Like Singh, Mittelstaedt says there is a good chance that H-P will get out of the PC business. "I think you are going to see important moves in 90 days. I think you are going to see layoffs and consolidation inside the company and attempts to get some efficiencies. And I wouldn't be at all surprised to see it exit the PC business. If H-P were to put that on the block, there would be people interested in buying it, but it's a question of what the price would be."

H-P has a major challenge on its hands in trying to compete with IBM. "IBM is broadening the scope of its enterprise solutions business by trying to cater to small and medium companies as well as large ones," notes Chaudhuri. "That puts additional pressure on H-P to do this. H-P doesn't have infrastructure products that are the industry standard like IBM does -- servers or storage products that are setting new standards in performance. To get its innovative spirit back and get stronger competencies in-house, H-P has to invest on the enterprise side."

But this will not be easy. "The next five years will set the tone for the company," Chaudhuri adds. "H-P's basic culture is producing innovative products on the printing and imaging side. They are not the sales-consultant type of people that you see at IBM. IBM built itself around sales and services and started with mainframes. Since mainframes were complex to sell and support, IBM naturally built up a consulting division and sales division accordingly. Since H-P's history was different –- its products are relatively easy to use by customers -– it wasn't necessary for it to [develop] sales and solutions businesses in the same manner."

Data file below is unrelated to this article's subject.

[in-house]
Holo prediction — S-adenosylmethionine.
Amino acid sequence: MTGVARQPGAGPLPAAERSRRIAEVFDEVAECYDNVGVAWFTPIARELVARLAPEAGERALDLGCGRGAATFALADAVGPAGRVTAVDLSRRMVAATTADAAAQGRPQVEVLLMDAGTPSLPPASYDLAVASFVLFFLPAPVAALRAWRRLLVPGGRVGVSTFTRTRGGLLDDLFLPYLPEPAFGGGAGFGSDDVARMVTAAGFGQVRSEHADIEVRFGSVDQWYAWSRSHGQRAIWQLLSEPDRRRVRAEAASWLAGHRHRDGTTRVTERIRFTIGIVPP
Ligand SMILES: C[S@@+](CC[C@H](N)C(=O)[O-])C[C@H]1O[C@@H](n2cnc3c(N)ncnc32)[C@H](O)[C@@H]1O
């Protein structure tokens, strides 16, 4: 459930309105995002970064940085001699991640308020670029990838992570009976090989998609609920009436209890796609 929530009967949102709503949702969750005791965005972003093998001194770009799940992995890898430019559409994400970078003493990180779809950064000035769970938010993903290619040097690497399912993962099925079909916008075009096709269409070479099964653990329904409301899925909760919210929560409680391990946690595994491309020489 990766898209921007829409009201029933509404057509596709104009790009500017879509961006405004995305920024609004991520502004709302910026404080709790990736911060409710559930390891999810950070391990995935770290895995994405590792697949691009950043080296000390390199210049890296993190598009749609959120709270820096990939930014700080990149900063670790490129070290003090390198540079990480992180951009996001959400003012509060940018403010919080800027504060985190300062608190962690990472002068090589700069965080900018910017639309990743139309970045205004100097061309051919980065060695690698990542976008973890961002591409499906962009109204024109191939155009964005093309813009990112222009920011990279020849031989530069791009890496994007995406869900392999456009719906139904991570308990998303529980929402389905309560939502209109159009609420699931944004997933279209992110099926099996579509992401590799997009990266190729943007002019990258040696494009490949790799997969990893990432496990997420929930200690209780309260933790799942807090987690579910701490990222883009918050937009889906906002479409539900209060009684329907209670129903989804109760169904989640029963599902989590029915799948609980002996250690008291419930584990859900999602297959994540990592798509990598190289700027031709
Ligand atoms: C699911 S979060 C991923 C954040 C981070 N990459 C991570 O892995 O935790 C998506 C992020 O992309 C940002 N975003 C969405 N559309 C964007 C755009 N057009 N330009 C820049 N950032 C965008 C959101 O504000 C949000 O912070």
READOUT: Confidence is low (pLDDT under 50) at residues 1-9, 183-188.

In the end, what Hurd does in the months ahead will go a long way toward cementing his own legacy. Says Useem: "The biggest decision of his career -- after the one he just took to become CEO -- is going to be what strategy to pursue at H-P. Does he break up the company? Spin off the printing and imaging business? Those decisions, just like Carly's decision to buy Compaq, will be a career buster or a career maker. After a honeymoon period, Wall Street will look at him in a hardheaded way and not give him any benefit of the doubt. Investors know it will take a few weeks or months for him to get up to speed. But they're going to be very unforgiving in their assessment of his decisions pretty quickly."